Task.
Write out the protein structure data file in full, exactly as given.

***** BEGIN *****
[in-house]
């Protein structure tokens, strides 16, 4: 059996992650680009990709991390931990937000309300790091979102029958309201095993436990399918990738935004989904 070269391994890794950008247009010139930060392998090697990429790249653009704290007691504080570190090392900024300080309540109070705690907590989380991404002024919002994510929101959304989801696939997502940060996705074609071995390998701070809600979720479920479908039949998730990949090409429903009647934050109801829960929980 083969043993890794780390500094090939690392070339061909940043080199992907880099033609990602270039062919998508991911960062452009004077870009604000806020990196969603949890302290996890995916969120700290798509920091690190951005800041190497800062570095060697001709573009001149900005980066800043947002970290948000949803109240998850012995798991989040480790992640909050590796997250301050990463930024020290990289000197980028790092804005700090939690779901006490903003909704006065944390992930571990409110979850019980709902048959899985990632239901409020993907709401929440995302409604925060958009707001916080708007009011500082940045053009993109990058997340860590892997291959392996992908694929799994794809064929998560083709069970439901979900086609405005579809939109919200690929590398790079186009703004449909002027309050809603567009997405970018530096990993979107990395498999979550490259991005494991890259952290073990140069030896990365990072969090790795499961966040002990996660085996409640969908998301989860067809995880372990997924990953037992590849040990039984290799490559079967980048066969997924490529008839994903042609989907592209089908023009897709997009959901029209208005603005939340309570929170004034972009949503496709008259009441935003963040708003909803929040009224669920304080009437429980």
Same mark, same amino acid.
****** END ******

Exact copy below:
[in-house]
């Protein structure tokens, strides 16, 4: 059996992650680009990709991390931990937000309300790091979102029958309201095993436990399918990738935004989904 070269391994890794950008247009010139930060392998090697990429790249653009704290007691504080570190090392900024300080309540109070705690907590989380991404002024919002994510929101959304989801696939997502940060996705074609071995390998701070809600979720479920479908039949998730990949090409429903009647934050109801829960929980 083969043993890794780390500094090939690392070339061909940043080199992907880099033609990602270039062919998508991911960062452009004077870009604000806020990196969603949890302290996890995916969120700290798509920091690190951005800041190497800062570095060697001709573009001149900005980066800043947002970290948000949803109240998850012995798991989040480790992640909050590796997250301050990463930024020290990289000197980028790092804005700090939690779901006490903003909704006065944390992930571990409110979850019980709902048959899985990632239901409020993907709401929440995302409604925060958009707001916080708007009011500082940045053009993109990058997340860590892997291959392996992908694929799994794809064929998560083709069970439901979900086609405005579809939109919200690929590398790079186009703004449909002027309050809603567009997405970018530096990993979107990395498999979550490259991005494991890259952290073990140069030896990365990072969090790795499961966040002990996660085996409640969908998301989860067809995880372990997924990953037992590849040990039984290799490559079967980048066969997924490529008839994903042609989907592209089908023009897709997009959901029209208005603005939340309570929170004034972009949503496709008259009441935003963040708003909803929040009224669920304080009437429980």
Same mark, same amino acid.